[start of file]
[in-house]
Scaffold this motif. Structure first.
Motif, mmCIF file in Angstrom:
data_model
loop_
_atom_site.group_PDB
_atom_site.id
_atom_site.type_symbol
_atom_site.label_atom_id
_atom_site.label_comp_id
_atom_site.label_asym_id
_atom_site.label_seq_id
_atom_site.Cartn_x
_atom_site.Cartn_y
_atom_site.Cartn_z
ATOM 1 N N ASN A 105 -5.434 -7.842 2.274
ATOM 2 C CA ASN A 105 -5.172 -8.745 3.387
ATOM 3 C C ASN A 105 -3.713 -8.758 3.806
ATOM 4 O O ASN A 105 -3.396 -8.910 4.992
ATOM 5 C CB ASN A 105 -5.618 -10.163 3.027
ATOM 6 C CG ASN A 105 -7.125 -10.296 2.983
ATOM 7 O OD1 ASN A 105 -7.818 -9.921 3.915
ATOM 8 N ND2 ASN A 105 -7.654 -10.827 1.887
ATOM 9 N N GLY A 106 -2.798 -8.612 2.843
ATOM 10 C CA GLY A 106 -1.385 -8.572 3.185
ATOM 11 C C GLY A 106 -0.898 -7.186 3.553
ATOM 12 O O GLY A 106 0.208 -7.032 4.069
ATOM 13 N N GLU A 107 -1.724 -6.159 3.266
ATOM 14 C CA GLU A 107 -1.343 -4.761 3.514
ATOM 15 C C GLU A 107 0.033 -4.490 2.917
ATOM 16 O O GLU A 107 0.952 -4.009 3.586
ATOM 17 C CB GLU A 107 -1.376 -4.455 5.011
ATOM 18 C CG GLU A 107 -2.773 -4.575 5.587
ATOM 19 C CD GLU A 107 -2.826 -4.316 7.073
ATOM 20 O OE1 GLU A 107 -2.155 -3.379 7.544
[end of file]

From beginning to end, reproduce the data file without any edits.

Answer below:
[in-house]
Scaffold this motif. Structure first.
Motif, mmCIF file in Angstrom:
data_model
loop_
_atom_site.group_PDB
_atom_site.id
_atom_site.type_symbol
_atom_site.label_atom_id
_atom_site.label_comp_id
_atom_site.label_asym_id
_atom_site.label_seq_id
_atom_site.Cartn_x
_atom_site.Cartn_y
_atom_site.Cartn_z
ATOM 1 N N ASN A 105 -5.434 -7.842 2.274
ATOM 2 C CA ASN A 105 -5.172 -8.745 3.387
ATOM 3 C C ASN A 105 -3.713 -8.758 3.806
ATOM 4 O O ASN A 105 -3.396 -8.910 4.992
ATOM 5 C CB ASN A 105 -5.618 -10.163 3.027
ATOM 6 C CG ASN A 105 -7.125 -10.296 2.983
ATOM 7 O OD1 ASN A 105 -7.818 -9.921 3.915
ATOM 8 N ND2 ASN A 105 -7.654 -10.827 1.887
ATOM 9 N N GLY A 106 -2.798 -8.612 2.843
ATOM 10 C CA GLY A 106 -1.385 -8.572 3.185
ATOM 11 C C GLY A 106 -0.898 -7.186 3.553
ATOM 12 O O GLY A 106 0.208 -7.032 4.069
ATOM 13 N N GLU A 107 -1.724 -6.159 3.266
ATOM 14 C CA GLU A 107 -1.343 -4.761 3.514
ATOM 15 C C GLU A 107 0.033 -4.490 2.917
ATOM 16 O O GLU A 107 0.952 -4.009 3.586
ATOM 17 C CB GLU A 107 -1.376 -4.455 5.011
ATOM 18 C CG GLU A 107 -2.773 -4.575 5.587
ATOM 19 C CD GLU A 107 -2.826 -4.316 7.073
ATOM 20 O OE1 GLU A 107 -2.155 -3.379 7.544